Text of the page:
for electrical generation, responsible for about two-thirds of the nation’s power. Because of this reliance on coal, China’s coun- trywide average output of CO2 emissions per kWh of electricity generated in the grid is over 50-percent greater than that of the United States, Thailand, and the U.K., and over ten times greater than in France or Brazil (see Exhibit 4). As a result, the energy comparison of output per square meter or occupied room dem- onstrates a greater footprint of CO2 (Exhibit 5).

Water consumption impacts are also exacerbated when considering issues of water stress and water quality. China’s major urban areas are under more signi cant water stress than other counterpart cities of top tourism arrivals (see Exhibit 6). 20 Therefore, the collective increase in water use in stressed areas of China may result in increased costs and issues of water access.

China is one of several nations that have begun to address these sustainability issues, by applying international regulation

20 International Tourism Partnership. (2013). Green Hotelier in: World Water Week ITP publishes its global Water Risk Assessment report—ITP Water Risk Assessment. www.greenhotelier.org/wp-content/uploads/2013/09/ITP- Water-Risk-Assesement-Final.pdf.

.Source: WRI Aqueduct 2014. Baseline water stress is calculated as the ratio of local water withdrawal to available water supply

Hotel Rooms

Annual CO2 Emissions using CO2 per Room in China 25th Percentile (Metric Tons)

Annual CO2 Emissions using CO2 per Room in China 75th Percentile (Metric Tons)

Variance (Metric Tons)

Top 10 Brands (Current + Pipeline)





China 2025 Forecast





China 2039 Forecast





and standards that help increase e ciencies in new buildings. The Green Building Evaluation Standard came into e ect in January 2015, and the new Hotel Building Design Regulations, including e ciency measures, were released in March 2015.21 However, the regulations do not address some of the key drivers of energy and water e ciency which take place at the initial stages of planning. Moreover, a lack of enforcement re- mains a major impediment to implementing these regulations.

To demonstrate the value of including the new standards in prospective hotels, we extrapolated the high and low quar- tiles of Chinese benchmarks from the Cornell Hotel Sustain- ability Benchmarking 2015 data and applied them to hotels in the development pipelines, as shown in Exhibit 7. This exer- cise shows the improvements possible if hotels are developed with e cient energy and water attributes.

As depicted in Exhibit 7, the potential savings in carbon emissions are substantial. If the hotels forecasted to be open in China in 2025 increased their e ciency they would save the equivalent of 84 million tons of CO2, which is greater than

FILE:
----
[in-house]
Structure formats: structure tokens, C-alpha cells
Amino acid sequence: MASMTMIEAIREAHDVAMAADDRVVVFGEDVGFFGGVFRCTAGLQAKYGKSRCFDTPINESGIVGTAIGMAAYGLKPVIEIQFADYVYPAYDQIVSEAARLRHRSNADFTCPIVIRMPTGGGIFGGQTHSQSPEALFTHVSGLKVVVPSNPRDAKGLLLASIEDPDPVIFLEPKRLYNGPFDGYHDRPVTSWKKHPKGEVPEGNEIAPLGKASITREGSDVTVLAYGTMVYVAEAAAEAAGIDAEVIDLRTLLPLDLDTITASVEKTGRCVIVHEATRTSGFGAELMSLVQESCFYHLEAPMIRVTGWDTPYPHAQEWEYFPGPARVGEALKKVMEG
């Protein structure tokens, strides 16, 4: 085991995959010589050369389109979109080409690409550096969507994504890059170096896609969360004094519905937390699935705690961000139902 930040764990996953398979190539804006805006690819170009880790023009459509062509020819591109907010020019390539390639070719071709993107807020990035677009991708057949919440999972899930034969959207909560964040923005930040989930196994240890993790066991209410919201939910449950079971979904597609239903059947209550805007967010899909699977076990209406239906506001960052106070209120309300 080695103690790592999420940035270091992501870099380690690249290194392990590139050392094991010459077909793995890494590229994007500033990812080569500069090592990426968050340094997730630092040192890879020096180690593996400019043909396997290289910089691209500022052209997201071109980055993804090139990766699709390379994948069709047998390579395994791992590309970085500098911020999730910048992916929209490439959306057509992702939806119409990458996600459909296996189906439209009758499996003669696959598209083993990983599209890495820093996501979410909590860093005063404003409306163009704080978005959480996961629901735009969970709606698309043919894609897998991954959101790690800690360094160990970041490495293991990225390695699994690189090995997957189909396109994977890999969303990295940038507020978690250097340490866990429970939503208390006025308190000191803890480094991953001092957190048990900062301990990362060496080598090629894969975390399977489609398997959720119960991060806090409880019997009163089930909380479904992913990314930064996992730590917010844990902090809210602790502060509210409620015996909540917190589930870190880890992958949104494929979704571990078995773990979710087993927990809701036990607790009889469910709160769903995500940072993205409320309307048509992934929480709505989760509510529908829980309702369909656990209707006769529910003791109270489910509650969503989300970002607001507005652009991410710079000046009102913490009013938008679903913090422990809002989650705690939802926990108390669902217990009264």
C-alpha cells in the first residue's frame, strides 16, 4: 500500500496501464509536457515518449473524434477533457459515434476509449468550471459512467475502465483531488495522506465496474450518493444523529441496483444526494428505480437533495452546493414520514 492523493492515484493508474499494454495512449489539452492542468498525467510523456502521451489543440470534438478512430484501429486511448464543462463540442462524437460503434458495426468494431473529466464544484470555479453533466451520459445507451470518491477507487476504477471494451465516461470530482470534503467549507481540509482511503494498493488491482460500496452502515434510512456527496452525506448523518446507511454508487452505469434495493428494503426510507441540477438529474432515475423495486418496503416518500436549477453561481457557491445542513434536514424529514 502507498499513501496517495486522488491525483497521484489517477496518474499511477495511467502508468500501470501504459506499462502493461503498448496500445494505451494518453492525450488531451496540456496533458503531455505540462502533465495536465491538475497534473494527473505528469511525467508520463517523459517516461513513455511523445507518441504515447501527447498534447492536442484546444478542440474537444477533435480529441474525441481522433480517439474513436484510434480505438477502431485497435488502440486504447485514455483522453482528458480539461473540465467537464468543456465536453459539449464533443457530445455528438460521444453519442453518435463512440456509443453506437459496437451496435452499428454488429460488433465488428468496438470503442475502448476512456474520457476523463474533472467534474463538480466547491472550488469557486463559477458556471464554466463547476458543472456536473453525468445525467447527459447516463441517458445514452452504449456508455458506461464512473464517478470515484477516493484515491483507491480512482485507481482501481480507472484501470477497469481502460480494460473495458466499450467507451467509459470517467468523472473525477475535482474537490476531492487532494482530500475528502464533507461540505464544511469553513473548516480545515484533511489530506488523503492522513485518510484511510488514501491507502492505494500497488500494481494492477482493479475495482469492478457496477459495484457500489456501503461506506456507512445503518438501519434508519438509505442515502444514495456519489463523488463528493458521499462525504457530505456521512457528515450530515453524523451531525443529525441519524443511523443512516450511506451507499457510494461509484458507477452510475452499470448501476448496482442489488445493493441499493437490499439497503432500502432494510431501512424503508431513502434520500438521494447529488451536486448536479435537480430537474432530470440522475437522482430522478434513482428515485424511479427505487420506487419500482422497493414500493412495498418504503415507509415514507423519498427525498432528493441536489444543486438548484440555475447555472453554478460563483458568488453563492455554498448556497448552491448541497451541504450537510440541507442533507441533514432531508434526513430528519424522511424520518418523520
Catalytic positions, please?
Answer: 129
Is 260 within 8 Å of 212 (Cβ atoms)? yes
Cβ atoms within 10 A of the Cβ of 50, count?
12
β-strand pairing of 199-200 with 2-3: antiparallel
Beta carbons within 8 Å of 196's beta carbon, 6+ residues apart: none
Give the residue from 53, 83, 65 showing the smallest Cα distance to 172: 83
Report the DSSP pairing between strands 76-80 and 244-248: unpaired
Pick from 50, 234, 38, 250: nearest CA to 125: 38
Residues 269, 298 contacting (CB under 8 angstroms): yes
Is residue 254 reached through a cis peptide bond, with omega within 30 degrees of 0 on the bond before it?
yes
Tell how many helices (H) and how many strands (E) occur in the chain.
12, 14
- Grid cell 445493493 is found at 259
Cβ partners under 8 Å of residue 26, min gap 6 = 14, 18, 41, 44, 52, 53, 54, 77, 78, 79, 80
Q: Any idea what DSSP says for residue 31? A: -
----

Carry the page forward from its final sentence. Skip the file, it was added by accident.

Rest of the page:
21 JGJ62-2014,

Cornell Hospitality Report • May 2016 • www.chr.cornell.edu • Vol. 16, No. 12


the annual carbon footprint of such countries as South Korea or the Philippines.22

We want to emphasize that the e ciency measures that would prevent or counter the drivers of hotel energy consump- tion are relatively simple and inexpensive to implement. Given that climate and occupancy are the greatest consumption drivers, the following are just ve examples of low-hanging fruit that can easily be embedded into the development process with proven returns and higher asset value:

  • Energy e cient HVAC;
  • E cient appliances, windows, xtures, and lighting;
  • Digital thermostats in guestrooms, with sta trainedon e cient temperature settings;
  • Insulating exposed pipes and covering swimmingpools; and
  • Landscaping with native or drought-tolerant plants.The range of water and energy measures is wide and the implications are immense given the size of the hotel pipeline. Indeed, the savings may help maintain the pipeline, as there arises a question of whether most cities’ municipal water supply will be able to meet this demand in the worst case scenario. To absorb 84 million tons of CO2, a total of 2.1 billion trees would have to be planted. 23

    Industry Challenges

    Despite the inherent value of sustainability as a strategic com- petency, we have identi ed several major challenges in adopting methodologies for resource e ciencies for new hotel openings. These challenges are a silo mentality, lack of understanding, a knowing-doing gap, misperception of the cost of sustainability, personal biases, and a disconnect between builders and users.

    Silo approach. First, we observe that the hotel industry does not look at sustainability in a holistic manner. Instead, in- dustry decision makers consider the components of sustainabil- ity in silos and do not necessarily t the pieces together. To move forward, the industry needs to break down the silos and examine the big picture. The trend of holistically addressing sustain- ability components is on the rise due to the gain in prominence of (corporate) sustainability professionals. The main challenge that remains is for hotel owners and operators to include holistic sustainability solutions in the overall development budget.